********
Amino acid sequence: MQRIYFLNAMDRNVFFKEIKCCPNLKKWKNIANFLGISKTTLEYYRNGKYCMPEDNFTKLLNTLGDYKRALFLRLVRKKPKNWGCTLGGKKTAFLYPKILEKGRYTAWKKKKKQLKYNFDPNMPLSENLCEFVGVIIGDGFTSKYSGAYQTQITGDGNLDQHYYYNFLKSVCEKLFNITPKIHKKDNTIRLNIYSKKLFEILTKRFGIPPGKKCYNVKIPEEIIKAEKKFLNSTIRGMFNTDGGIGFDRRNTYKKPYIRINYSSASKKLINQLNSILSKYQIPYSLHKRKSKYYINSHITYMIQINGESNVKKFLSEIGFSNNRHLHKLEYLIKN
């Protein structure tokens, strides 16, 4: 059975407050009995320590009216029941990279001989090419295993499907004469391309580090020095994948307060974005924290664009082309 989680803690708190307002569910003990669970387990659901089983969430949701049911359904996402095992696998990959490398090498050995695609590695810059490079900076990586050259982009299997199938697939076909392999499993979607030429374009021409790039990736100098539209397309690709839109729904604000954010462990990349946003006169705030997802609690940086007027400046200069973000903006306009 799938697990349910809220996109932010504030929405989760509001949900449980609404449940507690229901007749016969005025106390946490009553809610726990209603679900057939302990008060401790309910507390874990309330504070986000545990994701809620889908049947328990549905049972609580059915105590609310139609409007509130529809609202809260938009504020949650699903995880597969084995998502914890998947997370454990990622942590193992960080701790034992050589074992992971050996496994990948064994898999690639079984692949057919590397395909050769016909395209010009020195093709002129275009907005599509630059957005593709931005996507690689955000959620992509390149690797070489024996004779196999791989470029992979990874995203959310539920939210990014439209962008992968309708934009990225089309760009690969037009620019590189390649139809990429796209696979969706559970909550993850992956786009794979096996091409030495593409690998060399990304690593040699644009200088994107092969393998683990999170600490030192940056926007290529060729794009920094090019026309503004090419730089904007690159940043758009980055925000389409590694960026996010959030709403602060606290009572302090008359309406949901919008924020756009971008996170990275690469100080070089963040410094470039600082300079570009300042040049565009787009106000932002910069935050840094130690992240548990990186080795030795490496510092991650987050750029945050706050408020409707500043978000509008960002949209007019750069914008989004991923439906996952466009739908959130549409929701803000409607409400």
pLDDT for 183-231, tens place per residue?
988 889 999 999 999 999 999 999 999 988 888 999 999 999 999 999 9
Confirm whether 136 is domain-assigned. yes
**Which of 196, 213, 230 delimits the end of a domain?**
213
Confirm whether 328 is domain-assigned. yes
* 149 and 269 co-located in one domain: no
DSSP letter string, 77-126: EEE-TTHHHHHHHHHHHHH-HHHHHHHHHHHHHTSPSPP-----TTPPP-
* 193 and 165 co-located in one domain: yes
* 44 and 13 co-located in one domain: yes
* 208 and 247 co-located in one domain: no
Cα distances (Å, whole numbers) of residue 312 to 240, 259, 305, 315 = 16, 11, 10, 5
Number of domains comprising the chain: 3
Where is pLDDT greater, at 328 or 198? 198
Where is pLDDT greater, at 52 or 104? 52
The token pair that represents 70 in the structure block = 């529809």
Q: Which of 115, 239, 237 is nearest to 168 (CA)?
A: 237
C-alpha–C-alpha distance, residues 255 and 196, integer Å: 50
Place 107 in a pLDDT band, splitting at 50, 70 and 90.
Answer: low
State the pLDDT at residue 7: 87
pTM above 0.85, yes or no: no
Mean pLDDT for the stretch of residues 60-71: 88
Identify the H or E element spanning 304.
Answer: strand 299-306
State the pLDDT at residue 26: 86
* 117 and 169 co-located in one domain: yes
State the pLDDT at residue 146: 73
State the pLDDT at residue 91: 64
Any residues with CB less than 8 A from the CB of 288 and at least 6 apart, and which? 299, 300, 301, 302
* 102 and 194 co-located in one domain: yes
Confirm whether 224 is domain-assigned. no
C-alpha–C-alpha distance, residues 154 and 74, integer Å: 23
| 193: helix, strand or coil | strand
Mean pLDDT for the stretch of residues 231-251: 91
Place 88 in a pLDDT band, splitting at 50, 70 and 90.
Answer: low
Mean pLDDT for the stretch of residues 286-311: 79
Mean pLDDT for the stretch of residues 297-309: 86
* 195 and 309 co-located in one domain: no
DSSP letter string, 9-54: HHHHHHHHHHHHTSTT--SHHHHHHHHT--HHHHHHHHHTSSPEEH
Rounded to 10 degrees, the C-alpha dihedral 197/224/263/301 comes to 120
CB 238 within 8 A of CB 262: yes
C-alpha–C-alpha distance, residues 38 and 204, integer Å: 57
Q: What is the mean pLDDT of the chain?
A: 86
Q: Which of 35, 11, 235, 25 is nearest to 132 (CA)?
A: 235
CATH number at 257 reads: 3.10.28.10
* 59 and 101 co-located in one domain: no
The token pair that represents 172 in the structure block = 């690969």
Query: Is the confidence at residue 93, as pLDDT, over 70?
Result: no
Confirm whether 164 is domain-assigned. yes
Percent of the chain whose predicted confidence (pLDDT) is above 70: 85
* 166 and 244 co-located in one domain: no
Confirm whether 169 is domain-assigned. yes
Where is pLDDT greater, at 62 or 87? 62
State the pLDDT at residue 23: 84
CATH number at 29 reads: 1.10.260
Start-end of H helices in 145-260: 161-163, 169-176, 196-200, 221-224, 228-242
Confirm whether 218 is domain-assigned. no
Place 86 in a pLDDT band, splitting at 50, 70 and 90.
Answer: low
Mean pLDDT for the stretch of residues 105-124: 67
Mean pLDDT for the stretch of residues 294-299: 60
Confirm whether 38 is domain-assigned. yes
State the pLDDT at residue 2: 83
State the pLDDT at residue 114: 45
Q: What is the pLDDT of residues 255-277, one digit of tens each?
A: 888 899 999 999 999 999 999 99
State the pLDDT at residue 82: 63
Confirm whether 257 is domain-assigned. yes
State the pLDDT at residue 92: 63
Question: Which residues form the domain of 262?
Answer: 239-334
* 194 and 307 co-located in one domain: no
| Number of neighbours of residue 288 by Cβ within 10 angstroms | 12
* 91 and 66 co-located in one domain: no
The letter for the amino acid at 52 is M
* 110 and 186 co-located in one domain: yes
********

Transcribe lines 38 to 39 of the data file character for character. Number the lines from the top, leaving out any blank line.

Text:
Mean pLDDT for the stretch of residues 231-251: 91
Place 88 in a pLDDT band, splitting at 50, 70 and 90.